Zerohedge - "Portugal 1 week away from bailout"

CookieMonster

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Wait... wasn't Ireland's forcefeeding of billions of euro of debt supposed to save Spain and Portugal from this?

Does this mean a debt crisis can't be solved with more debt?

WHO KNEW!
 


Nobber Man

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For ************************'s sake, are we only a few months away so from: German bond yields have been creeping above the psychological 7% mark... German bank shares are down dramatically... Chancellor Merkel has denied that Germany needs a bailout... Berlin official admits 'contacts' with IMF / ECB... Bailout of €50 gazillion announced for Germany... Ireland contibutes 50 cent to the fund...

I mean, it's absurd. The so-called 'markets' have to stop - or be stopped - somewhere. Will it keep going until, finally, the Chinese bail out the Germans and then we all become coolies?
 

Alexis Colby

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Where does the 'run' on euro gov bonds end?
today italy and belguim yields went higher
is the end of the euro the ultimate aim?
how would that affect QE2 in the states?
 

gombeensville

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Spain's debt to GDP is only 60% and their main banks are in good nick so they theoretically are in a better condition. Their problem seems to be no prospect of growth with unemployment at 20%.
I was wondering about Spain's banks and their apparent rude health! I was under the impression that they had a ridiculous property bubble just like us, which collapsed, therefore destroying the banking sector when all the developer's loans when pear-shaped. Now, if Spain's banks weren't lending for the property developers in Spain, since they're obviously in such good nick, who's were? Or was Seanie and the boys at work here too?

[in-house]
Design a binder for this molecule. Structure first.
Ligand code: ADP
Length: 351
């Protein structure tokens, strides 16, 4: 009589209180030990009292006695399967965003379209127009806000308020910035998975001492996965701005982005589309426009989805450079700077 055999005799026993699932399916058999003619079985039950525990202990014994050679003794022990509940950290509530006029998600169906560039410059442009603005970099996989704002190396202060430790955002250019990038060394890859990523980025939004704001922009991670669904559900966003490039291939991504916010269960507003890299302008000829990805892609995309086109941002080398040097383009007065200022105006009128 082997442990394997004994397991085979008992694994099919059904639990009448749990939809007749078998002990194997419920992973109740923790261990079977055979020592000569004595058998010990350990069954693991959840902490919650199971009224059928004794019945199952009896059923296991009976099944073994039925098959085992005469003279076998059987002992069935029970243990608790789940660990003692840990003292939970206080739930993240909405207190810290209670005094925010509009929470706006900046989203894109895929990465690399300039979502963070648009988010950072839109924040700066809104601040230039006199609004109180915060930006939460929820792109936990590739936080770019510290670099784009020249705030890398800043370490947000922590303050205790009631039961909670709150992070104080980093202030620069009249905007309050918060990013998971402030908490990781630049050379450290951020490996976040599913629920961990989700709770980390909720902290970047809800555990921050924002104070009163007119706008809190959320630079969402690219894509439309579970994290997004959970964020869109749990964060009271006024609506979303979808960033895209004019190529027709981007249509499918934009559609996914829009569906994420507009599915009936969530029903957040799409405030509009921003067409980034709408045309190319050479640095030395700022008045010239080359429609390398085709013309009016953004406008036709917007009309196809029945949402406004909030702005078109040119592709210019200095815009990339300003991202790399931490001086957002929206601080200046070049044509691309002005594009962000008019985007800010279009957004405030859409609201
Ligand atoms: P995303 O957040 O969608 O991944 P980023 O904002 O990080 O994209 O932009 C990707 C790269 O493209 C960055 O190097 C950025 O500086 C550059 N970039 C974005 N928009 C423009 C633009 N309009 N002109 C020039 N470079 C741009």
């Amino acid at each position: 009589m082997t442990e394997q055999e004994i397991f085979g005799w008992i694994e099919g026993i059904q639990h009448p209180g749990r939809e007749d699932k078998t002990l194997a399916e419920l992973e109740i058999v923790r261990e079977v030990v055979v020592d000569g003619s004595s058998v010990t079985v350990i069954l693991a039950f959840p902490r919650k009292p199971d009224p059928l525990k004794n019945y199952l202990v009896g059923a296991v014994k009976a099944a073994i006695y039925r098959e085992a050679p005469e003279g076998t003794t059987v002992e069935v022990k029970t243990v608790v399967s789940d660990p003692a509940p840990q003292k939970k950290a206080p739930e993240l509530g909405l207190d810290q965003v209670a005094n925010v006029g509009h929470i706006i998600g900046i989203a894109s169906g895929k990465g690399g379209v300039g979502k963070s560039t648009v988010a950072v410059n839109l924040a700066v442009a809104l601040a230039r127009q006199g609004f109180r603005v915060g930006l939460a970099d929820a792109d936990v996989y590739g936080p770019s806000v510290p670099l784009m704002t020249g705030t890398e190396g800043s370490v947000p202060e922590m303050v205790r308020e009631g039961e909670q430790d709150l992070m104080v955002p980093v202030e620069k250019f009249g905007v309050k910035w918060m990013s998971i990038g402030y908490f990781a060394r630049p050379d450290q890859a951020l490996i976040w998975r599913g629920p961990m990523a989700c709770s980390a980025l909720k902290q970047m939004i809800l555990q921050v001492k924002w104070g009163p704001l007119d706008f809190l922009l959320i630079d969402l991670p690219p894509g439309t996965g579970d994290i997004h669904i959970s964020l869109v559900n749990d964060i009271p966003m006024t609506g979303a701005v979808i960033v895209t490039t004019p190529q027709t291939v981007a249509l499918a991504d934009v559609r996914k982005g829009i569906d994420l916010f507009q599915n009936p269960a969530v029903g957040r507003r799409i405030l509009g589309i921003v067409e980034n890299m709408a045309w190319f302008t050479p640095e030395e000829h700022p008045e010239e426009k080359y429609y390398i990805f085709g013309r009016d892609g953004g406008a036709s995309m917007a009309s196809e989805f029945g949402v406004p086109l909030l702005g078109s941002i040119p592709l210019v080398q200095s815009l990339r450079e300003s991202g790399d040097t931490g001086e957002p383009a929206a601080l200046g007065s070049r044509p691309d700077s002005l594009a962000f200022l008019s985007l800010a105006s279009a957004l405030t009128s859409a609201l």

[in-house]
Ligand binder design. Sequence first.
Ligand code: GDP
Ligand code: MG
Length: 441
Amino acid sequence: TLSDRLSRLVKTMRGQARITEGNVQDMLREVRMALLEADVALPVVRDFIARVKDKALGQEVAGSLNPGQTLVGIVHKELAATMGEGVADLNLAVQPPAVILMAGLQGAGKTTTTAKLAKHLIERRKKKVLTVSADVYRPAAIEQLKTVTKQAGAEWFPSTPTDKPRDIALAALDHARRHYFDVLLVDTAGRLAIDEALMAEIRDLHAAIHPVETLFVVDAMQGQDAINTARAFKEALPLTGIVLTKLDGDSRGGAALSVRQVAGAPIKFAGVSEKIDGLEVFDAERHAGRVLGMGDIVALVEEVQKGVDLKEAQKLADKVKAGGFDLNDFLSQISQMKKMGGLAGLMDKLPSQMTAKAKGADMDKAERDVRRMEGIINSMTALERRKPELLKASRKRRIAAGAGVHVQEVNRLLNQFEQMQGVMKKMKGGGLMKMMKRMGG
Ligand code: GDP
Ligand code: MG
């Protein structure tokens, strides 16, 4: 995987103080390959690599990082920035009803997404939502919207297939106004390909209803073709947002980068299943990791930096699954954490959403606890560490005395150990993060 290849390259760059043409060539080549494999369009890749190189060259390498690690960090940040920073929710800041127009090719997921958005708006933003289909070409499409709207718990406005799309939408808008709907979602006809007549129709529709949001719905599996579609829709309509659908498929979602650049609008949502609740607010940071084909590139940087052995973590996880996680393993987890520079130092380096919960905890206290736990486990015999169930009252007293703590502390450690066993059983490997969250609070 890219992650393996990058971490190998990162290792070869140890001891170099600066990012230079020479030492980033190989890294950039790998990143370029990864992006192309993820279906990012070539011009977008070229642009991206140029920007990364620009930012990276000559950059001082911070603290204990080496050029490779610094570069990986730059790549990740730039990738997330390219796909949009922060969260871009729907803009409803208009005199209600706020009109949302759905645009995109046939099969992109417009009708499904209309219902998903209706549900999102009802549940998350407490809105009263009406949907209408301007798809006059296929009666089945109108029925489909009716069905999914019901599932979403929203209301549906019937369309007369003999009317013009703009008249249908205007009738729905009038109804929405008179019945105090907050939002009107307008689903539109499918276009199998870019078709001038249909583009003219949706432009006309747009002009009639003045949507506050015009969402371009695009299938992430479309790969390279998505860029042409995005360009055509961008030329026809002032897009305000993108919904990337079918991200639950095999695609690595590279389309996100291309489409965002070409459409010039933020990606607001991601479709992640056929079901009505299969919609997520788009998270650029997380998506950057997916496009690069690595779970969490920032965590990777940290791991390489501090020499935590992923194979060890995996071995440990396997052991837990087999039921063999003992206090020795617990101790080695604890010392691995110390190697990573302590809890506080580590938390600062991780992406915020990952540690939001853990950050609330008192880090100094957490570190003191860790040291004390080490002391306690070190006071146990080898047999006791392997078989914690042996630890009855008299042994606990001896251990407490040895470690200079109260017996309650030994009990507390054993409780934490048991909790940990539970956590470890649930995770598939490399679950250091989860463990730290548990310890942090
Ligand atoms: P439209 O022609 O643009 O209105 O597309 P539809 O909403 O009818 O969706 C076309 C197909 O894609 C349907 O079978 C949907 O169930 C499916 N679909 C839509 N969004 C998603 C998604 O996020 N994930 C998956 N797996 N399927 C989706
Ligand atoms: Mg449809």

Tea Party Patriot

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Yeah but that doesn't really matter to bond dealers. Bonds are sold to the government on the basis of their ability to pay. It is very worrying to Zapatero and his mates but of no real concern I would think on the bond market. I would think they are a lot more worried about where Spanish growth is going to come from as they had an even bigger bubble than us.
Yes you are correct in your point. But watch what happens when the interest rates go too high for overstretched Spanish banks to borrow money for refinancing on the bond markets. Irish banking crisis all over again only on a larger scale!

If you notice today it is the inability of Portugese banks to borrow that is finally forcing them towards a bailout.
 

Cassandra Syndrome

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Yeah but that doesn't really matter to bond dealers. Bonds are sold to the government on the basis of their ability to pay. It is very worrying to Zapatero and his mates but of no real concern I would think on the bond market. I would think they are a lot more worried about where Spanish growth is going to come from as they had an even bigger bubble than us.
But half of that debt ($2.5 Trillion) was external from other countries mainly UK, France and Germany and US. The banks owe all that money and they may look good on paper but the property market has collapsed like ours.
 

slx

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Spain's debt to GDP is only 60% and their main banks are in good nick so they theoretically are in a better condition. Their problem seems to be no prospect of growth with unemployment at 20%.
Spain's "main banks" are almost totally unexposed to property debt. The problem is that Spain's housing bubble was largely financed by the 45 smaller banks known as Cajas (Caxias). This is why I think the Spanish banking debt is somewhat hidden because these small banks are below the radar.

The Cajas represent something like 50% of the entire Spanish banking market.

The likes of Santander, BBVA, BankInter etc etc are relatively safe.

It's quite an alien market compared to Ireland as it's just so fragmented. Ireland's setup is more like a handful of relatively large institutions (compared to the size of the economy).

There's also something really odd about some of the local banks in Spain. I know of examples like a small local bank which has 45 branches in a city about the size of Cork!

Something ain't right, that's for sure!
 
Last edited:

Sariel

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I'm a little confused here, as I didn't think that the IMF could print money, only borrow it from donor Governments. If this is a typo and you meant the ECB , surely the Germans would rather leave the Euro than run the risk of hyperinflation?
They can't, the IMF get their funding from the member states and the SDR is not a currency because the IMF have no taxing power.
 

Sariel

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Wait... wasn't Ireland's forcefeeding of billions of euro of debt supposed to save Spain and Portugal from this?